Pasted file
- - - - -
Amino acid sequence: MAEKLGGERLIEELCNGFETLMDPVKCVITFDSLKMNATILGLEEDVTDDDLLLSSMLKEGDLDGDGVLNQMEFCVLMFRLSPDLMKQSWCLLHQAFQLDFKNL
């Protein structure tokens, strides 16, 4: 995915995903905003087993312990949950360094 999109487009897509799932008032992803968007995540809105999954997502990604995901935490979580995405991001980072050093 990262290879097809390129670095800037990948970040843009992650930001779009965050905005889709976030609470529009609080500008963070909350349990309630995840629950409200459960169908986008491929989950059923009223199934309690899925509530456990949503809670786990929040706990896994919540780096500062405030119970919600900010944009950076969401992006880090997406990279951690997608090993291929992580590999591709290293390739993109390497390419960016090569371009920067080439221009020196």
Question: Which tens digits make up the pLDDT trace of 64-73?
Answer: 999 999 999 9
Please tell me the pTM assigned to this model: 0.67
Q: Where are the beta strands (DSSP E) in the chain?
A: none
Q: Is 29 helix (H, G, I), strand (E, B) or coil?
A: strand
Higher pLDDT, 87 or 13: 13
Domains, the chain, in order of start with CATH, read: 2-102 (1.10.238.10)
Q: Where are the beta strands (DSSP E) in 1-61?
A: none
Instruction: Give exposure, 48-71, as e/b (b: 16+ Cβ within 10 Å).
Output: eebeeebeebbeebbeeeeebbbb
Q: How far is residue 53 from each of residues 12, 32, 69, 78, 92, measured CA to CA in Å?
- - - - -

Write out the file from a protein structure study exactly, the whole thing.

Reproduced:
Amino acid sequence: MAEKLGGERLIEELCNGFETLMDPVKCVITFDSLKMNATILGLEEDVTDDDLLLSSMLKEGDLDGDGVLNQMEFCVLMFRLSPDLMKQSWCLLHQAFQLDFKNL
């Protein structure tokens, strides 16, 4: 995915995903905003087993312990949950360094 999109487009897509799932008032992803968007995540809105999954997502990604995901935490979580995405991001980072050093 990262290879097809390129670095800037990948970040843009992650930001779009965050905005889709976030609470529009609080500008963070909350349990309630995840629950409200459960169908986008491929989950059923009223199934309690899925509530456990949503809670786990929040706990896994919540780096500062405030119970919600900010944009950076969401992006880090997406990279951690997608090993291929992580590999591709290293390739993109390497390419960016090569371009920067080439221009020196």
Question: Which tens digits make up the pLDDT trace of 64-73?
Answer: 999 999 999 9
Please tell me the pTM assigned to this model: 0.67
Q: Where are the beta strands (DSSP E) in the chain?
A: none
Q: Is 29 helix (H, G, I), strand (E, B) or coil?
A: strand
Higher pLDDT, 87 or 13: 13
Domains, the chain, in order of start with CATH, read: 2-102 (1.10.238.10)
Q: Where are the beta strands (DSSP E) in 1-61?
A: none
Instruction: Give exposure, 48-71, as e/b (b: 16+ Cβ within 10 Å).
Output: eebeeebeebbeebbeeeeebbbb
Q: How far is residue 53 from each of residues 12, 32, 69, 78, 92, measured CA to CA in Å?